Tomorrow we stick to the trams!

 Next Jerusalem Jaunt blog : Wednesday 1st August 

Monday 30 July 2018

Technology - Phooey or Phantastic!

First The Good News
By sometime Friday 27th July (time unknown) Travel South Yorkshire (TSY) had "found" Stagecoach journeys on route 65 between Buxton and Sheffield.
Previously TSY only advertised the two High Peak journeys, much to the delight of that company's management and the chagrin of Uncle Brian's boys!
What the new and correct version does NOT tell you is that the two 65s have different routes between Great Hucklow and Buxton. Don't get on a High Peak Bus if you want to go to Litton; avoid Stagecoach if your desire is to visit Waterswallows.

And Now The Not-so-good News ...

... here in central Sh*ff**ld.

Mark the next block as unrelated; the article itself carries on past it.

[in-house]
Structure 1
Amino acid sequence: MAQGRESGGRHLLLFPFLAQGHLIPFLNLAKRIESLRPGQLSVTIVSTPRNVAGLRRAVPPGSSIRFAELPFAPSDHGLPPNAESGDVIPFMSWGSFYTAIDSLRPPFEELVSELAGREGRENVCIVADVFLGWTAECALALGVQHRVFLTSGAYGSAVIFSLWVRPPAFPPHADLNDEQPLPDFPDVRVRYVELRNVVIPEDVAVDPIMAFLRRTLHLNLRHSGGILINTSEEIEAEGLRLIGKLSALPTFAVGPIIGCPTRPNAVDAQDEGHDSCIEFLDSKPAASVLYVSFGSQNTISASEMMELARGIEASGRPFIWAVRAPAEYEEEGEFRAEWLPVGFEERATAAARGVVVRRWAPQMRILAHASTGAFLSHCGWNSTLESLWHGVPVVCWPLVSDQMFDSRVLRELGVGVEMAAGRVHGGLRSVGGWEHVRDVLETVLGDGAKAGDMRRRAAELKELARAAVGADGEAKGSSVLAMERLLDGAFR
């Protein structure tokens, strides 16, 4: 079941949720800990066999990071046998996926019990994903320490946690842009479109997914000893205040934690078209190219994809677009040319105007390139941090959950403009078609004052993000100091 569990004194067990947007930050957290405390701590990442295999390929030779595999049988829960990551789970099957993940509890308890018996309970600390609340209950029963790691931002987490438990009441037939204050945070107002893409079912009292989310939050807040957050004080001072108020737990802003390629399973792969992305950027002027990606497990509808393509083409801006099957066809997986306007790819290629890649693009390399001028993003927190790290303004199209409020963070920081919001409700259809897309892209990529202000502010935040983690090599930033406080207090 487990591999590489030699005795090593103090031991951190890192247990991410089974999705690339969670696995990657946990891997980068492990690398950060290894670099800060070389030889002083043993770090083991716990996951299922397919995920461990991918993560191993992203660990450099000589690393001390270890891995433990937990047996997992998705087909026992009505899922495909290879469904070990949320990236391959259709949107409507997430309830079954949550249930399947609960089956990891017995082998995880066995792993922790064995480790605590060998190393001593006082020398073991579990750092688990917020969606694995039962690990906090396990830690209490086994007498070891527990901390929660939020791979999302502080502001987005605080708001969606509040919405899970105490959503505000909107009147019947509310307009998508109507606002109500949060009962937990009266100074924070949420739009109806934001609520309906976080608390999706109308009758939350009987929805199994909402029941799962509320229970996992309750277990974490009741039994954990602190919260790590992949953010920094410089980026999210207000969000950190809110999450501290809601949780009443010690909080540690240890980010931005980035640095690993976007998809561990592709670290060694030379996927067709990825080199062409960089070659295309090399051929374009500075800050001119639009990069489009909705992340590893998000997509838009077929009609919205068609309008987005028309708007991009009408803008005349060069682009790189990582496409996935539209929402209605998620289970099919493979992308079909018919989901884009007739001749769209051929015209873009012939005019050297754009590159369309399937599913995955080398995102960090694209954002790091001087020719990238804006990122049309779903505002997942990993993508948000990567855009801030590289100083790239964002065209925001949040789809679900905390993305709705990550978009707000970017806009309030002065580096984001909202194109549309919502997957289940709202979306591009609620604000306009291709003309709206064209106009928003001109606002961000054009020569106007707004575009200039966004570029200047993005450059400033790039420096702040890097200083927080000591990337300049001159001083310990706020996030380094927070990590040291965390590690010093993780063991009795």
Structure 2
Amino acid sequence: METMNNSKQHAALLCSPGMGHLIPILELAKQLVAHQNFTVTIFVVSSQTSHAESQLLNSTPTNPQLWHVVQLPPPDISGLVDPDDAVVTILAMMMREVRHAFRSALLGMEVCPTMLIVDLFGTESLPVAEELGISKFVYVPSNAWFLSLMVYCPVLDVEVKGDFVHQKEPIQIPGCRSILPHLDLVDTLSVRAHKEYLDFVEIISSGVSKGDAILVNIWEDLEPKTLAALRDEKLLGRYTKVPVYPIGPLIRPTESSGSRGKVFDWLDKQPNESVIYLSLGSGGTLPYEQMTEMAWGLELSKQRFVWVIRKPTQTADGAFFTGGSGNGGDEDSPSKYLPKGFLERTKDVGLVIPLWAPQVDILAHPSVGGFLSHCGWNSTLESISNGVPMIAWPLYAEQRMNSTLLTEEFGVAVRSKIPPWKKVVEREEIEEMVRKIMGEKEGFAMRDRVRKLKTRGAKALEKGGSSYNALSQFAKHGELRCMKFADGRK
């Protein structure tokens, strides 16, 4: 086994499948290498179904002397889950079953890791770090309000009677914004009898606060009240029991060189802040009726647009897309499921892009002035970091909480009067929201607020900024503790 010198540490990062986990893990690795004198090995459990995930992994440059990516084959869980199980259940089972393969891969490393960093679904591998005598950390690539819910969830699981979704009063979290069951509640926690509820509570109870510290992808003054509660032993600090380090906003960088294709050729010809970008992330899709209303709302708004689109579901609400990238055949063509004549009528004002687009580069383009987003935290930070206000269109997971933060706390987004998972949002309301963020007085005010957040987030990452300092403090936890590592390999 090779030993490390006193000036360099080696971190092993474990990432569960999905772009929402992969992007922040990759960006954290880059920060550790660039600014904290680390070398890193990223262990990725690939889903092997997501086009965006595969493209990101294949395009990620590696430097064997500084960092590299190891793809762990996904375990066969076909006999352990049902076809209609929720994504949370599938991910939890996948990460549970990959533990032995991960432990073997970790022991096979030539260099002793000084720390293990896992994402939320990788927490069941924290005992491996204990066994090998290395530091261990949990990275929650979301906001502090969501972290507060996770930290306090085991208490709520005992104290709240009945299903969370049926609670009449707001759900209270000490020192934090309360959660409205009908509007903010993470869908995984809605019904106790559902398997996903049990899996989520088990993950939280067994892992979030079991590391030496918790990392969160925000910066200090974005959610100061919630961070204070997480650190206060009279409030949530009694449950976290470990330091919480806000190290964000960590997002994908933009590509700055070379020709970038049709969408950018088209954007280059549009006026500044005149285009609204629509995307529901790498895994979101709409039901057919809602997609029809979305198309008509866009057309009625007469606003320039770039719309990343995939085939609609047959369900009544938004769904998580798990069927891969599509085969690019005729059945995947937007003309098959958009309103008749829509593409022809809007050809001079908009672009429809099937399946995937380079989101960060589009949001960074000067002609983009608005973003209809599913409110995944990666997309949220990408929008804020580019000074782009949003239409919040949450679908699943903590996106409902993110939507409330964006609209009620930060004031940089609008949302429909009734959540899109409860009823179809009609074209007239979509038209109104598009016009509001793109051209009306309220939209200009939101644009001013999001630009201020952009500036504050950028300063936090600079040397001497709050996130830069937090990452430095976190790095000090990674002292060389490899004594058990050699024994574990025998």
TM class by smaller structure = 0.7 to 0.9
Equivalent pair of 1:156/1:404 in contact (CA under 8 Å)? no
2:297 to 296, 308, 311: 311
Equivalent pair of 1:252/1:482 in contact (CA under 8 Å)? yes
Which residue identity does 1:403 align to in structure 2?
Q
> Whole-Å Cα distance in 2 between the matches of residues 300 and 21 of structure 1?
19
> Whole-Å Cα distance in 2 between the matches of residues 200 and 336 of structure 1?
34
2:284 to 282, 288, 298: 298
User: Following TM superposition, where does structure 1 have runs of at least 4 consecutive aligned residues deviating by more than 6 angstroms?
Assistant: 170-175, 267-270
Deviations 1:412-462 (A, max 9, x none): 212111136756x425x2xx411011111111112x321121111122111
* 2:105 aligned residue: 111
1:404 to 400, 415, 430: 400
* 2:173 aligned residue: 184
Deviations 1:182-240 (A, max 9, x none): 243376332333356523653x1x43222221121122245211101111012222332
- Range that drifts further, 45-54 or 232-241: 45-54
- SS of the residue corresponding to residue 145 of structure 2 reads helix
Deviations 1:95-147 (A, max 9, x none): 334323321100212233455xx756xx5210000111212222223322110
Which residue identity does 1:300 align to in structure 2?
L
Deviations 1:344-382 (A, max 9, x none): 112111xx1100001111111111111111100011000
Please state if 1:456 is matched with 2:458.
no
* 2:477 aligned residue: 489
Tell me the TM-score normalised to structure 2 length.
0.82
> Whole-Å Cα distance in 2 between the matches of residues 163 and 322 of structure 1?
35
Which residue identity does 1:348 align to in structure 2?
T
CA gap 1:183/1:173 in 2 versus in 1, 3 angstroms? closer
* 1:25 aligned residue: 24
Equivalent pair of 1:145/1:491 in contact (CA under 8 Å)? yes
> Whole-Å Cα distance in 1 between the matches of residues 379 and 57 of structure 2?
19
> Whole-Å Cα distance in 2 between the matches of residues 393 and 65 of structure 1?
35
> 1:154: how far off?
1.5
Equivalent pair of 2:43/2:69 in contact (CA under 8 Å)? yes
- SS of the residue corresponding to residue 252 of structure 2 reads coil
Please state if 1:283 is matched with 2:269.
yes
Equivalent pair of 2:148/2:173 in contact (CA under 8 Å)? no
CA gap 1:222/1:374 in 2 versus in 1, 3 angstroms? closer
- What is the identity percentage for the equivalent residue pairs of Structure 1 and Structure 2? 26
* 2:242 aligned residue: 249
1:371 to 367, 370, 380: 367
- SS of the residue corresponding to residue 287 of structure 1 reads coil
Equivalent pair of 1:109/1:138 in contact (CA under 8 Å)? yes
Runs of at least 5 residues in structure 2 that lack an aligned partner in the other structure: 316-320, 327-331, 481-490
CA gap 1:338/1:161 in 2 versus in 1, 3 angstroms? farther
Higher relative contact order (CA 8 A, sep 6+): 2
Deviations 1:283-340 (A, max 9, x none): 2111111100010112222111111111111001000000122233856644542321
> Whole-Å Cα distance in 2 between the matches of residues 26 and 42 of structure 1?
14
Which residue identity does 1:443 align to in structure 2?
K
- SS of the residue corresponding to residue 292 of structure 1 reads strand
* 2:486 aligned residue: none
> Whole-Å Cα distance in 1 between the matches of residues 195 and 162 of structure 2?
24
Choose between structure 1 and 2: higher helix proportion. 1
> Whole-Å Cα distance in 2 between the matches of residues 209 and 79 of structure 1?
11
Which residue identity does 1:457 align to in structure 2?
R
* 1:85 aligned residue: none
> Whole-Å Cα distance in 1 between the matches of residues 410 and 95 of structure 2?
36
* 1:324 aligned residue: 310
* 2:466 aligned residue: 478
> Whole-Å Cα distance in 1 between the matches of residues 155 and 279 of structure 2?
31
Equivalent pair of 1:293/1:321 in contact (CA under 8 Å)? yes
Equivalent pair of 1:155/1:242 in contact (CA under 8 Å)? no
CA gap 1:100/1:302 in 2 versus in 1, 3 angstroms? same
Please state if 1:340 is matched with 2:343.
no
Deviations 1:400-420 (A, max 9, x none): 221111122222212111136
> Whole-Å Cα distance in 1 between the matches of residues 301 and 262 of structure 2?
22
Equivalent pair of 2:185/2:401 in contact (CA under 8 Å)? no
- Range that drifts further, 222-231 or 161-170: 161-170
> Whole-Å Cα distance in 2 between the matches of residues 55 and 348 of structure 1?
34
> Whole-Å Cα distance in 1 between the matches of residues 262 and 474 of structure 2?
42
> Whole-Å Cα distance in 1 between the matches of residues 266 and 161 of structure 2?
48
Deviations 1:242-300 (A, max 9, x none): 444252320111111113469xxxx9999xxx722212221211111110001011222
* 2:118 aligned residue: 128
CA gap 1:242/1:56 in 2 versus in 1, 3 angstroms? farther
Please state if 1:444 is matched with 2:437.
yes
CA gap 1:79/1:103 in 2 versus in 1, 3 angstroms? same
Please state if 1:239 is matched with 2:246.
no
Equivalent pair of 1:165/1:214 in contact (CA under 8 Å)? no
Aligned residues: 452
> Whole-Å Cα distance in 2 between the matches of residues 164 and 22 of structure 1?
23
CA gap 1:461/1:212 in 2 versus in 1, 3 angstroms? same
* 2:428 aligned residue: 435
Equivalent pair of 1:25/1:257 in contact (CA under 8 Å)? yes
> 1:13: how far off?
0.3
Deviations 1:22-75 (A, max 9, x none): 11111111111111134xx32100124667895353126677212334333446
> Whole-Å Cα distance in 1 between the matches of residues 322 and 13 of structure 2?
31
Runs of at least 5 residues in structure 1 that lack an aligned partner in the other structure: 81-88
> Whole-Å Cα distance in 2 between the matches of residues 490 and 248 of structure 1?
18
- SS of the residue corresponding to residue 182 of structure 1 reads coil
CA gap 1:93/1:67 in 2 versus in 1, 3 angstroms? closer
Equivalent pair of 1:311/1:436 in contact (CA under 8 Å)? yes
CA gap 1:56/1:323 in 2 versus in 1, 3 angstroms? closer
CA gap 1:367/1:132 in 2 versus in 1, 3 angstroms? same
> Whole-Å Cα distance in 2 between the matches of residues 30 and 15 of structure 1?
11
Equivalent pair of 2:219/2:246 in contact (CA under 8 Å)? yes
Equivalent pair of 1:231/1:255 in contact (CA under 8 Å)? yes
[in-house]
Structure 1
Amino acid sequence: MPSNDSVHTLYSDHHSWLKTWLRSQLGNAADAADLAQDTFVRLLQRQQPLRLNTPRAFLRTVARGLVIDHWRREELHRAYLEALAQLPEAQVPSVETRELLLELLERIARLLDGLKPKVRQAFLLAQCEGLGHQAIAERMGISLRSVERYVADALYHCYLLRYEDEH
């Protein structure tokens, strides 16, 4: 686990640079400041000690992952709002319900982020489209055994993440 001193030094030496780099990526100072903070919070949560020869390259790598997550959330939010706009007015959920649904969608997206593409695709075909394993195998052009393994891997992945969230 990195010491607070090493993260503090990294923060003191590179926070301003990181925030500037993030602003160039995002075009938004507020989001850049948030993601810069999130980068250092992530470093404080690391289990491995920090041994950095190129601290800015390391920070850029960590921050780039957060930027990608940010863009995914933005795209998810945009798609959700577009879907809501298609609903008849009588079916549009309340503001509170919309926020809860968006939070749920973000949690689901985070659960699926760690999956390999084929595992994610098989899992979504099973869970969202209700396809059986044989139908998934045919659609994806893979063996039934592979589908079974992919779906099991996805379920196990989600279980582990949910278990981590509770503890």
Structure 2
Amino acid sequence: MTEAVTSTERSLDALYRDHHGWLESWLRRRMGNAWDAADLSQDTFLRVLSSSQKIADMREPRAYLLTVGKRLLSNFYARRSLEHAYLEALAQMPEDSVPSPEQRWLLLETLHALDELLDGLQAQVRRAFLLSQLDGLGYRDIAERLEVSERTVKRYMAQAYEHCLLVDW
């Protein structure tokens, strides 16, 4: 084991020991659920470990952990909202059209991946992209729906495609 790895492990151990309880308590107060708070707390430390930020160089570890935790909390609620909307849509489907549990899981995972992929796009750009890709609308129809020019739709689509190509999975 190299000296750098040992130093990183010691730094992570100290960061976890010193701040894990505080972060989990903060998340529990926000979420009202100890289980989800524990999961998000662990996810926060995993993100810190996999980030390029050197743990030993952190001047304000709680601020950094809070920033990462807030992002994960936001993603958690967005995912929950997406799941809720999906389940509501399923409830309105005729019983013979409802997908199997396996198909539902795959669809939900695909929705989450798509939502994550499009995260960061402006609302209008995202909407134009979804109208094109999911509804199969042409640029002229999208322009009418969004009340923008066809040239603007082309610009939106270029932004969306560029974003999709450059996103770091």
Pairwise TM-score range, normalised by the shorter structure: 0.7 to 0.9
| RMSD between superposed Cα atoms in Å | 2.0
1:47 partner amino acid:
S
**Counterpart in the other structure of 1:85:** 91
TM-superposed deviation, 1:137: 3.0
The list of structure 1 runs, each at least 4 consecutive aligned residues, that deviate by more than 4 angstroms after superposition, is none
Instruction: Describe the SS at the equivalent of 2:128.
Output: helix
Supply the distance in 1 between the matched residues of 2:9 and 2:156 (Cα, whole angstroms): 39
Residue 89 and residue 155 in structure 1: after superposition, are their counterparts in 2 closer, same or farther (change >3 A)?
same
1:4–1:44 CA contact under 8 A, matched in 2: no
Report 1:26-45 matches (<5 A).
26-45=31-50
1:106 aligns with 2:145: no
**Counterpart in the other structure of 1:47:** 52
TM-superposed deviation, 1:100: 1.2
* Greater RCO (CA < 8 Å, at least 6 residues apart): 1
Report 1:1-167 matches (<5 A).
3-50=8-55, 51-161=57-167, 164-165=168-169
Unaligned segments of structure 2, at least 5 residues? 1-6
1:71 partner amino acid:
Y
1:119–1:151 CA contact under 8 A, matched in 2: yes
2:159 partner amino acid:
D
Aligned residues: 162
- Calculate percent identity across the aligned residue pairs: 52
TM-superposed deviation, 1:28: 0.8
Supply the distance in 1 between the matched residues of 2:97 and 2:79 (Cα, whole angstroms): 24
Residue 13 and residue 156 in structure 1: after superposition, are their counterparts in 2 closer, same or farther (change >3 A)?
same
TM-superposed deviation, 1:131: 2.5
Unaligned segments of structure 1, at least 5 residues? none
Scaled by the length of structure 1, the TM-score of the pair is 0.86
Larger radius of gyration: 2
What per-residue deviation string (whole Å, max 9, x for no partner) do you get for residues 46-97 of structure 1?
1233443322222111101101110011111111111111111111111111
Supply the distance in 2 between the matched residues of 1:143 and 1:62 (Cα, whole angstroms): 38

An important stop on Charter Row, used by shoppers from The Moor ...
... also has accurate information now; up to a point.
There is, as usual in Sheffield, no timetable on display ANYWHERE in the city, even at the Interchange where there is plenty of display space. There is no map, ditto. This is important for the 65 as there is no guide to the different routes as above.


But what is even poorer, as snapped by Sheffield newshound Roy, is that ...
... the 65 did not appear on the electronic display.
A good house point to Stagecoach for, at short notice, getting some branding on their buses for the 65 ...
... but a bad point for the destination displays.